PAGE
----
Glitter and Doom

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Glitter and Doom is the name of a Special Exhibit formerly shown at the Metropolitan Museum of Art featuring portrait art of Germany from 1919-1933, between the World Wars when the Weimar Republic was in political power. This Special Exhibit was shown from November 16, 2006 to February 19, 2007.

Life in the Weimar Republic was marked by massive hyperinflation, crippling poverty, and political upheaval. The massive number of orphans and widows without a means of feeding themselves resulted in prostitution on a scale not seen before in Germany. Additionally, the repeal and relaxation of laws forbidding prostitution, homosexuality, and other 'moral vices' led to an explosion of an underground culture, with people enjoying pursuits not available in other European Cities.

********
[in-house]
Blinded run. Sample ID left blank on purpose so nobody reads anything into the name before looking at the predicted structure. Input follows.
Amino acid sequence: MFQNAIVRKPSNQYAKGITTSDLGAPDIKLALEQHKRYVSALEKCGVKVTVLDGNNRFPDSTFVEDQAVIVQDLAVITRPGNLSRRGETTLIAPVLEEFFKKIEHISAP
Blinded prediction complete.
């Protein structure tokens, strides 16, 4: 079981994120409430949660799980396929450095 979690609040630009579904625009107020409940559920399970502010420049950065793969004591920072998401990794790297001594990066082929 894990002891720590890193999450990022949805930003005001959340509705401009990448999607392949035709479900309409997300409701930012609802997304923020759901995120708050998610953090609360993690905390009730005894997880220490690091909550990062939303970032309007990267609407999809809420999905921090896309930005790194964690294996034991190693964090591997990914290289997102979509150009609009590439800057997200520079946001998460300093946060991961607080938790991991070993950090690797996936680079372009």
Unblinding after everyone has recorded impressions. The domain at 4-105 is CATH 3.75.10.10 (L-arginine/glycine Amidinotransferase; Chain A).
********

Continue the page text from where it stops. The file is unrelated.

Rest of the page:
Themes of the works include sexual freedom, prostitution, poverty, war profiteering, disfigurement and decay, homosexuality, and transvestites.

The exhibition was organized by Sabine Rewald, Jacques and Natasha Gelman Curator in the Department of Nineteenth-Century, Modern, and Contemporary Art.

The works of this exhibit can be found in the book Glitter and Doom, by Yale University Press.

Artists shown in the Exhibit[edit]

In the media[edit]

External links[edit]